Favorite equation?
I’m kind of a fan of the Schroedinger equation. It’s really fun to write. There’s just so many Greek letters. Psi, its mainly psi. That’s the fun one, and I’m real good at drawing it. Plus, I feel super smart when I’m like, check out this equation I know. People think I’m wicked smart because I can write the Schrodinger equation.

Favorite April Fools prank?
One time, I put wasabi on a chip and told my brother it was guacamole. Kid was drinking milk for like an hour. Best big sister ever! When I was really little, I used to do the thing where you tie a rubber band around the sprayer on the sink. Then they turn on the sink and totally get sprayed in the face. That was my favorite one as a kid.

What’s your favorite part about E-Days?
Ore-Cart Pull. It’s a great experience walking however many miles that is with everyone else. It makes you feel like really close to all of the other students. You just feel like one big pack going down Colfax. Almost like the M-Climb. That bonding experience—you feel like a community with the other students and the school. That’s my favorite part about Mines.

Do you ever have free time? How do you spend it?
My favorite thing to do growing up was dance. Now what I do with my free time is work. That doesn’t sound like free time, but it is. It’s my favorite thing to do. I work at the APEX center teaching dance. I don’t have time to be a part of a dance team anymore, so my favorite thing to do with my non-school used time is work teaching little kids dance. It’s the best part of my week. It really is. Work is the most rewarding part of my week. They’re just all so fricken cute!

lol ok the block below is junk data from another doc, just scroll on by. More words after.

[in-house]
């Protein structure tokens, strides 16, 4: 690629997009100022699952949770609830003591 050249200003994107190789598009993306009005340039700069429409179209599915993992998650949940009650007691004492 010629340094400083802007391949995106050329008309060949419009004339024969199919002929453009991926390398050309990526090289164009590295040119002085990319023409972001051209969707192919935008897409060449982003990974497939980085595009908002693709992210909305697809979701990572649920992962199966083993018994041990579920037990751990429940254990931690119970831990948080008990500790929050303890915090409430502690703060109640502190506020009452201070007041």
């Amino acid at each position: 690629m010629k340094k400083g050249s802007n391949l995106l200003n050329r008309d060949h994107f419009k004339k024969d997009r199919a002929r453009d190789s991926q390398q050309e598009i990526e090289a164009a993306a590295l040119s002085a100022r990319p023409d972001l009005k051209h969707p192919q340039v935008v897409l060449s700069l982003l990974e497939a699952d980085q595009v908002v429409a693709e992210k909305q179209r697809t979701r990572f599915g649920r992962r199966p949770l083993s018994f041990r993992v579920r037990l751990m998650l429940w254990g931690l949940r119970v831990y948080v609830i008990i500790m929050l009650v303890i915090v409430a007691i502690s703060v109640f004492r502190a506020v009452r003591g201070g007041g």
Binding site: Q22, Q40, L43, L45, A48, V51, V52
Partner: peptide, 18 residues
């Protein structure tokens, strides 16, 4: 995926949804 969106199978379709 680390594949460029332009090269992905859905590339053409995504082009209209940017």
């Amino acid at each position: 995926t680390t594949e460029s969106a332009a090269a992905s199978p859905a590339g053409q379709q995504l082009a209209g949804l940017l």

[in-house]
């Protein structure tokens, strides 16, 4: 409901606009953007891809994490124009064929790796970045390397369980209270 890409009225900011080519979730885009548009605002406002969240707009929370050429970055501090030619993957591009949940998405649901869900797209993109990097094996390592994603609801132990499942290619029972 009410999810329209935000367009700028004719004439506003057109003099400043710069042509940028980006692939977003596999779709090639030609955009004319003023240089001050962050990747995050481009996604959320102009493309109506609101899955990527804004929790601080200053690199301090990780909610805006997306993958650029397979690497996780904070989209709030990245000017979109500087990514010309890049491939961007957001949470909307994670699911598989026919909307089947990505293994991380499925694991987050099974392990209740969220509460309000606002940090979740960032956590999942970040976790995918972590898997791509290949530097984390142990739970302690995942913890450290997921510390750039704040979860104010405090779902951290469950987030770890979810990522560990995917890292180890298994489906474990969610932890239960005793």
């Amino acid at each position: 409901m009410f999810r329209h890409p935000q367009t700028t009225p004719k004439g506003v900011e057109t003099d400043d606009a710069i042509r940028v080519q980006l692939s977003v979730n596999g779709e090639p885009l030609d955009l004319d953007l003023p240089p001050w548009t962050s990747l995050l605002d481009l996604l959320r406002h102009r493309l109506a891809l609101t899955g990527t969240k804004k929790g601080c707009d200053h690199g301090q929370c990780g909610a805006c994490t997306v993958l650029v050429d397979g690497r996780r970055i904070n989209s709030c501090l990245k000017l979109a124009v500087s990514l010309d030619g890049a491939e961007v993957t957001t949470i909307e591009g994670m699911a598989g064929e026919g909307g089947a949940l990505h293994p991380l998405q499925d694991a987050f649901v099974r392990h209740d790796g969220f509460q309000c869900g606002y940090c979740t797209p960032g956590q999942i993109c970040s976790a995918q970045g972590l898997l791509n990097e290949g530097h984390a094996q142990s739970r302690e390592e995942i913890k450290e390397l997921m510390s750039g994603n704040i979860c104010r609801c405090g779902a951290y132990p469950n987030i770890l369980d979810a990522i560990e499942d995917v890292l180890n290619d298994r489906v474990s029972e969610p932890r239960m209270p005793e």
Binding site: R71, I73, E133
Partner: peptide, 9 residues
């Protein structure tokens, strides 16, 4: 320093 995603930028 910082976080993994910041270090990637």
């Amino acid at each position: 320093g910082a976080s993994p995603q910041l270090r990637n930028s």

What’s on your bucket list?
Before I die, I want to travel the world. I want to go back to Italy, and see all 50 states. I’ve got 19 down so far.

Any advice for younger students?
If you want to do something, do it. Don’t let anyone else change your mind. If you want to major in something or you want to join a club and someone doesn’t agree with it, it’s your choice, not theirs. Don’t let someone else make you think that what you’re doing isn’t worth it. Don’t let someone else bring you down. Also, even though it may not seem like it, everyone else is struggling just as much as you are. You may be going home and crying to your pillow at night, but you’re not the only one. People just don’t show it. There’s a great quote that says failure is not for failures; it’s for everybody. Failures just have more experience with it. Failing is apart of life, and it’s about how you overcome failing, not the fact that you did.